Less-Frequent Surveillance Mammo Feasible in Older Breast Cancer Survivors


SAN ANTONIO — Women ages >50 who de-escalated to less-frequent mammography 3 years after curative surgery for early-stage breast cancer had similar outcomes to women who received annual mammography, according to a phase III study.

In the Mammo-50 trial, after a median follow-up of 5.7 years for alive patients, breast cancer-specific survival was 98.1% and overall survival (OS) was 94.7% among patients randomized to annual mammography, compared with 98.3% and 94.5%, respectively, among patients assigned to less frequent mammography, reported Janet Dunn, PhD, of the University of Warwick in England.

“Mammo-50 provides evidence for changing clinical practice,” Dunn said in a presentation at the San Antonio Breast Cancer Symposium.

Current guidelines in the U.S. and Europe recommend annual surveillance mammograms for an unspecified period after treatment for early breast cancer, whereas U.K. guidelines recommend annual surveillance mammograms for up to 5 years, then reverting to every 3 years, without specified risk stratification. However, the optimal screening schedule has not been evaluated in large clinical trials, she said.

“We know that annual mammograms are a significant cost burden to the health system and also causes anxiety to patients,” she said.

Mammo-50 enrolled 5,235 women (around 44% were ages 60-70) at the time of breast cancer diagnosis who had undergone treatment with curative intent for invasive or noninvasive breast cancer and who were 3 years postsurgery. They were randomized from April 2014 to September 2018 to receive annual mammography or less-frequent mammography, defined as every 2 years in patients who underwent breast conservation surgery and every 3 years in those who underwent mastectomy. The study had a noninferiority-inferiority design.

The hazard ratio (HR) for less frequent mammography compared with annual mammography on breast cancer-specific survival was 0.92 (95% CI, 0.64-1.32), with noninferiority (NI) of less frequent mammograms demonstrated at a 3% margin (NI P<0.0001) and 1% margin (NI P=0.003).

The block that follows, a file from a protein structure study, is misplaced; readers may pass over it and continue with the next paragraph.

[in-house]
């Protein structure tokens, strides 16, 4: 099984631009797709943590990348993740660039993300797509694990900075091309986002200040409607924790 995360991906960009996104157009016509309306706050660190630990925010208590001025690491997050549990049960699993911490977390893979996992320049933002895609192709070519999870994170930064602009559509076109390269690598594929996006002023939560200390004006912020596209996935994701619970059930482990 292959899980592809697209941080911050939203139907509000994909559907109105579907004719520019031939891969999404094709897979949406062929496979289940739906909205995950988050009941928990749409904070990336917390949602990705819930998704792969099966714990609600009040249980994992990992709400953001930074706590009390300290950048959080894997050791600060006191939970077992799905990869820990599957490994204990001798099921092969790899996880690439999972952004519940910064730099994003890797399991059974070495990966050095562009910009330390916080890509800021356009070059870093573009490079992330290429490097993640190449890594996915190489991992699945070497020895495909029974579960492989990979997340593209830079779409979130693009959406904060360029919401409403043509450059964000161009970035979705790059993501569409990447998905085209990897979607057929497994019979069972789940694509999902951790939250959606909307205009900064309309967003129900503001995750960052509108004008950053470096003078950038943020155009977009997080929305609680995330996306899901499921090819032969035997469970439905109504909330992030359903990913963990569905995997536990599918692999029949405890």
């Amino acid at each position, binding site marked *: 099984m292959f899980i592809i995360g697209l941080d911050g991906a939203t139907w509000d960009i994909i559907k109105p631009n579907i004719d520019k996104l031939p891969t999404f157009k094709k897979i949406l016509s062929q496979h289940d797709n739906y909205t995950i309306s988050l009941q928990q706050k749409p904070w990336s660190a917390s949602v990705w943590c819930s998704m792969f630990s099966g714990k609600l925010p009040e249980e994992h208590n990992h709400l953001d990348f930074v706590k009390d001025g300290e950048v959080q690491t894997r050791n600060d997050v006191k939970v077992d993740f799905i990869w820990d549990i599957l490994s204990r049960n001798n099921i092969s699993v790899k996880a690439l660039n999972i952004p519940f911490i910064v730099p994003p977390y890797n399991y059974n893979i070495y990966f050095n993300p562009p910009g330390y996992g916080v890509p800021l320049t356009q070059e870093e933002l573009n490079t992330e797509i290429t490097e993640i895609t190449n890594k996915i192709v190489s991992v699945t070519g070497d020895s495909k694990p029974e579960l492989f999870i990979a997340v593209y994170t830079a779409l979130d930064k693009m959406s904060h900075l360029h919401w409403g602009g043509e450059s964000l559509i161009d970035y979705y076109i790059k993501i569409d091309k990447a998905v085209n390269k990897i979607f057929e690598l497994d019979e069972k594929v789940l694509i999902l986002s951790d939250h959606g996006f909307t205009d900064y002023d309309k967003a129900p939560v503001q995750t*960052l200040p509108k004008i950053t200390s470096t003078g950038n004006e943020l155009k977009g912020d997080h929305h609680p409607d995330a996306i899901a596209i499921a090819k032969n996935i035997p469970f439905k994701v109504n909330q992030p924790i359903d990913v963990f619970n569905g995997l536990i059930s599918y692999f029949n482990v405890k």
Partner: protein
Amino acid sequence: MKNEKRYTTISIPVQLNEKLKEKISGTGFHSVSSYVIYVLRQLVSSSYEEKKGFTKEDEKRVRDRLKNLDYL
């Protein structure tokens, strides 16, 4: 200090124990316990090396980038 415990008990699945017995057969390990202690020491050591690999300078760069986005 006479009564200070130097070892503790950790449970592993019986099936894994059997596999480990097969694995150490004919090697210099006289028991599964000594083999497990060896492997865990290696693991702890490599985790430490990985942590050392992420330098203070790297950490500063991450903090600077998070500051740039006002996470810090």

noninferiority of less frequent mammograms on OS was demonstrated at 2% margin, with an HR 1.08 (95% CI 0.87-1.33, NI P=0.008)

As with the mortality outcomes, recurrence-free survival was also similar between arms: 5.9% of patients in the annual mammography arm and 5.5% in the de-escalation arm had a recurrence. The HR for less frequent mammography versus annual mammography on recurrence-free survival was 1.00 (95% CI 0.81-1.24), with noninferiority of less frequent mammograms demonstrated at a 2% margin (NI P=0.006).

A total of 15,967 mammograms were performed in the annual arm and 8,662 in the less frequent arm. Compliance with the allocated schedule was 83% women in the annual arm versus 69% in the less frequent arm. Of the 452 women who missed their scheduled mammogram, 35% did so because of the COVID-19 pandemic. The 76% overall who complied defined the per protocol but the conclusions didn’t change after a sensitivity analysis of the compliant population, said Dunn.

The researchers reported that 6% of the cohort indicated that they had a high level of distress prerandomization. The high level of distress remained consistent at 6%-10% throughout the follow-up, with no differences in levels of distress between arms. The main reasons for their high level of distress were fatigue (58%), problems with sleep (54%), worry, fear, or anxiety (50%), hot flushes (41%), problems with memory or concentration (39%), pain (38%), and sadness/depression (35%).

“Patients think that the minute they get breast cancer they will get screened more intensely,” said Virginia Kaklamani, MD, from the University of Texas Health Sciences Center San Antonio, who was not involved with the study. “Now we’re going to say ‘Now you may need even less intense [screening].’ I have to explain to them that it doesn’t make a difference whether they get a 6-month mammogram or a 1-year mammogram, so these data are really good, especially since our patients are living longer and longer. We have patients in their 70s with a 20-year history of breast cancer getting annual screening so I personally will incorporate this data in my practice.”

Disclosures

The study was funded by the U.K. National Institute for Health and Care Research through the Health Technology Assessment program and supported by University Hospitals Coventry and Warwickshire NHS Trust.

Dunn disclosed no relationships with industry.

Kaklamani disclosed relationships with Pfizer, Gilead, Genentech, Novartis, AstraZeneca, Daiichi Sankyo, Seagen, Lilly, Puma Biotechnology, TerSera, and Menarini.

Primary Source

San Antonio Breast Cancer Symposium

Source Reference: Dunn JA, et al “Mammographic surveillance in early breast cancer patients aged 50 years or over: results of the Mammo-50 non-inferiority trial of annual versus less frequent mammography” SABCS 2023.

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Publish date : 2023-12-09 15:09:31

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